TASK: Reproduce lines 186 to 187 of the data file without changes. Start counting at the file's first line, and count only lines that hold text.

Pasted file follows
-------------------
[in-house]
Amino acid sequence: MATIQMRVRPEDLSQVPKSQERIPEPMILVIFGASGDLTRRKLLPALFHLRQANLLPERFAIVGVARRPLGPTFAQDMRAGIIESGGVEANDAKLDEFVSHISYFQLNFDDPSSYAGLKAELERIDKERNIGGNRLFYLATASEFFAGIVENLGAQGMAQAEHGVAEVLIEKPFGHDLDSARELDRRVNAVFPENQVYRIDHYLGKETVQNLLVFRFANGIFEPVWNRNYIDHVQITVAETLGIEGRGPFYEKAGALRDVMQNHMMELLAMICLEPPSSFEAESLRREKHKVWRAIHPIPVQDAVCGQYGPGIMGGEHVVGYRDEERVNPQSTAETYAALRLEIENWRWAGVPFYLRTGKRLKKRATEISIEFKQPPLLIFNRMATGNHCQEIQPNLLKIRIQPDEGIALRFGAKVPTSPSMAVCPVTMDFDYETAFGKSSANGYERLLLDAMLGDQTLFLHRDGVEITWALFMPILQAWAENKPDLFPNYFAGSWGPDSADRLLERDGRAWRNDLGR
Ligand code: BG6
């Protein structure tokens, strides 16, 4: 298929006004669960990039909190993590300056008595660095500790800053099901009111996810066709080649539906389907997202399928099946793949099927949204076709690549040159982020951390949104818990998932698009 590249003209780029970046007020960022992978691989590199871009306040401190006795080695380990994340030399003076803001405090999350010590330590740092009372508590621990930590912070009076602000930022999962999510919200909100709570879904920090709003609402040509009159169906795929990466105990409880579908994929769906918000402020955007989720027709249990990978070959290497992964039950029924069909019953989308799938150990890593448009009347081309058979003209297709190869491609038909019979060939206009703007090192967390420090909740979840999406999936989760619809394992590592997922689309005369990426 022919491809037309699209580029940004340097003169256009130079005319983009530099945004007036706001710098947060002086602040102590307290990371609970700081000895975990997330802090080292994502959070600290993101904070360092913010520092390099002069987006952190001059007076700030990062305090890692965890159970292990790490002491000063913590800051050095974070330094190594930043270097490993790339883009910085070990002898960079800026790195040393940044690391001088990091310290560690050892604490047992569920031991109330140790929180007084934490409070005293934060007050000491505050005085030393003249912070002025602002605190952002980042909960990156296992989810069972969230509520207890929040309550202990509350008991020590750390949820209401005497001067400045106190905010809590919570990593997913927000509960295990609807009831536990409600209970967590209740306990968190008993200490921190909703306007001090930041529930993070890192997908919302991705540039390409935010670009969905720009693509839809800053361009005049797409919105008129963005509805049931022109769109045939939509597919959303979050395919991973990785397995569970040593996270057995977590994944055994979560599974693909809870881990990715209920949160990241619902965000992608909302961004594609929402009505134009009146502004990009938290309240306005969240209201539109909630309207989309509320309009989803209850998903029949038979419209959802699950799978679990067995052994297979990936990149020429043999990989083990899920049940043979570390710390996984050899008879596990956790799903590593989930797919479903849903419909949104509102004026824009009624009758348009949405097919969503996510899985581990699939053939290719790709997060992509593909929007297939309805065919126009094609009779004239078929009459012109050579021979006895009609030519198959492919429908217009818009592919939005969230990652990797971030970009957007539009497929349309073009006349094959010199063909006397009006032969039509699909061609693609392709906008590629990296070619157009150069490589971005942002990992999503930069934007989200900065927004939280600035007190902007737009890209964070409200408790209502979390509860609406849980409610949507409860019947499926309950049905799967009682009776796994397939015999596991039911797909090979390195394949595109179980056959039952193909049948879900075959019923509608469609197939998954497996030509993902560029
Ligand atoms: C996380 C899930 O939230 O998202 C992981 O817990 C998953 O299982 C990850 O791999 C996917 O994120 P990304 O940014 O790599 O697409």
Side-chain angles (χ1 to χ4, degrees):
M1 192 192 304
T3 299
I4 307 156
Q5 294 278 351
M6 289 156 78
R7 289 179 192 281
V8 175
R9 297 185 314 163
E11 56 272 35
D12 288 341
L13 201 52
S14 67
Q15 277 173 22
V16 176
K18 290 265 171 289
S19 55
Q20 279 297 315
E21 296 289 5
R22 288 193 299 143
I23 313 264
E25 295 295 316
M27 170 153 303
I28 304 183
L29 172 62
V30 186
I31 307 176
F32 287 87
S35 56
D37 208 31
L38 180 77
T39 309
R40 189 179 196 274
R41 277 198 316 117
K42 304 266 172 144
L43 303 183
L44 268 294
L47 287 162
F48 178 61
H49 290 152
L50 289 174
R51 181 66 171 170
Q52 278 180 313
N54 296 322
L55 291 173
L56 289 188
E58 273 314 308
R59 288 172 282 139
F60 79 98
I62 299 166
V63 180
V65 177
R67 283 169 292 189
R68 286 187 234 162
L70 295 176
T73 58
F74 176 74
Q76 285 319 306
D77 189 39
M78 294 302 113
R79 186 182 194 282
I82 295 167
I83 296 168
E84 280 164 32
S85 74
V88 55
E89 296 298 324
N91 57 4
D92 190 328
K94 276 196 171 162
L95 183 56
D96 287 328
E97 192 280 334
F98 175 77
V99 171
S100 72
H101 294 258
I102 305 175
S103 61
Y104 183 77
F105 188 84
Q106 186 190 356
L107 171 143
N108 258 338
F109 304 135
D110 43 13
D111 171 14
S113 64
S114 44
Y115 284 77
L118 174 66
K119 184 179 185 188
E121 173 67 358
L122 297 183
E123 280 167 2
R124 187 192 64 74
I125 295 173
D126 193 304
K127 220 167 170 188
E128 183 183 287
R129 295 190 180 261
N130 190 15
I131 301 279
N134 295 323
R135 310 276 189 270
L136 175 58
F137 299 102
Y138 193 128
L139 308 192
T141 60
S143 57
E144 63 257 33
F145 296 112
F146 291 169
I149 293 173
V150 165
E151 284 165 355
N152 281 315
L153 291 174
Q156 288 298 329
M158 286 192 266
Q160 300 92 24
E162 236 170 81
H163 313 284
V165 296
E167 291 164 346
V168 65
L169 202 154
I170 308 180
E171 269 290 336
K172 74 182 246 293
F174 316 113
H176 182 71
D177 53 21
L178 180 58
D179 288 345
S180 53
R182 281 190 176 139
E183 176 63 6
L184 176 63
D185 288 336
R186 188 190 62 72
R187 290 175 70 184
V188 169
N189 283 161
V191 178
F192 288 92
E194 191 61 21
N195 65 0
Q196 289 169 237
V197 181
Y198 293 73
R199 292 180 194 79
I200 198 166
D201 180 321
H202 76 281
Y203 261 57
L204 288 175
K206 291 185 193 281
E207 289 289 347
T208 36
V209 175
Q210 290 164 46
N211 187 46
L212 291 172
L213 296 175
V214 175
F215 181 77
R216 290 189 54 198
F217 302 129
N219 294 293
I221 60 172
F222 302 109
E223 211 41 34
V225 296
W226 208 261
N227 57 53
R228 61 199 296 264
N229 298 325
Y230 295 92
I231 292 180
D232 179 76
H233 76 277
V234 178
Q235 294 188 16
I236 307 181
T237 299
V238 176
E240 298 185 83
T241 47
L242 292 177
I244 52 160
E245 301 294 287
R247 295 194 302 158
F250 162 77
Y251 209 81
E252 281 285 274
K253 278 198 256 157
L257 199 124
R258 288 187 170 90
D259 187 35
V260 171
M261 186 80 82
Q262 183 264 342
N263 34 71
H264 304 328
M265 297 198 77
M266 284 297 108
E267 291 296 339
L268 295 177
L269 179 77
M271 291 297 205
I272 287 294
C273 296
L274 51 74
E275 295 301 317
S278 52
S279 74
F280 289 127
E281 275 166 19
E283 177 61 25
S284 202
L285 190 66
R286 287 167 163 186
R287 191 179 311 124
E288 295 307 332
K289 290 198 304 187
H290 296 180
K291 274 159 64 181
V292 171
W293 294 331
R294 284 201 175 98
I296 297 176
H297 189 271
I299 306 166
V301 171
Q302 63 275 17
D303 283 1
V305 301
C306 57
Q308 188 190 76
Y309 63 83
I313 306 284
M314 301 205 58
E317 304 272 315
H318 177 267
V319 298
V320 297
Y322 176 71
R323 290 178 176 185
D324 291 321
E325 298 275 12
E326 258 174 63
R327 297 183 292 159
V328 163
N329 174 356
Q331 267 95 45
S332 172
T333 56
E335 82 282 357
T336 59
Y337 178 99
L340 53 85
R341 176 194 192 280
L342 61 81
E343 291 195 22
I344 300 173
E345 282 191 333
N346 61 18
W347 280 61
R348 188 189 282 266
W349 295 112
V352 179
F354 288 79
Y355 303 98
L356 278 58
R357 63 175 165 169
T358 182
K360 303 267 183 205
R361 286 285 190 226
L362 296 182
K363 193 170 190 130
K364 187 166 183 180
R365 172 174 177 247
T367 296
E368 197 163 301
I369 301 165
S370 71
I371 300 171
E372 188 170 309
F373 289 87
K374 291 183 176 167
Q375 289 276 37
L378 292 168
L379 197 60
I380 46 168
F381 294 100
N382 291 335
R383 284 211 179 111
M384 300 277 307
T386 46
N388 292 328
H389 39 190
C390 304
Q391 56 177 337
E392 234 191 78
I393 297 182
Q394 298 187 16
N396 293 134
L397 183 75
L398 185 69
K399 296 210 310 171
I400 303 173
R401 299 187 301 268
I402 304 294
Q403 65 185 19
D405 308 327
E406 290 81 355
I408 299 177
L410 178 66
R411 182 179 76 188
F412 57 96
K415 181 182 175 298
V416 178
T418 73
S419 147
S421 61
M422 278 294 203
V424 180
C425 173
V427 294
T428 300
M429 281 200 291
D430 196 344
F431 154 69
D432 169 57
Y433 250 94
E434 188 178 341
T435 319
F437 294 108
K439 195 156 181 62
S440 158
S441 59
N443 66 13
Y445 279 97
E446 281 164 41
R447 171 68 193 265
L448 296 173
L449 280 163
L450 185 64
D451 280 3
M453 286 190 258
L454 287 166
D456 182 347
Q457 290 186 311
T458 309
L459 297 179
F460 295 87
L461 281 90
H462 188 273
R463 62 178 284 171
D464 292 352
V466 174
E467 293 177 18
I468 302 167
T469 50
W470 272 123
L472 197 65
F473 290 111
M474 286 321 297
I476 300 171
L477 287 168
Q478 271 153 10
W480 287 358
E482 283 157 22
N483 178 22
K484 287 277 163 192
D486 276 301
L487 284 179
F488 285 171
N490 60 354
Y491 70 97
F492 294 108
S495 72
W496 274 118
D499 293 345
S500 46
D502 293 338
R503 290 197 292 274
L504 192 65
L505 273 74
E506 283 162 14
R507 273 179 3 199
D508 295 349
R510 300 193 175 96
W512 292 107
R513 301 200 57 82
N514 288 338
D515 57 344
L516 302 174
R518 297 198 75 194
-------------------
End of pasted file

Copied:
I231 292 180
D232 179 76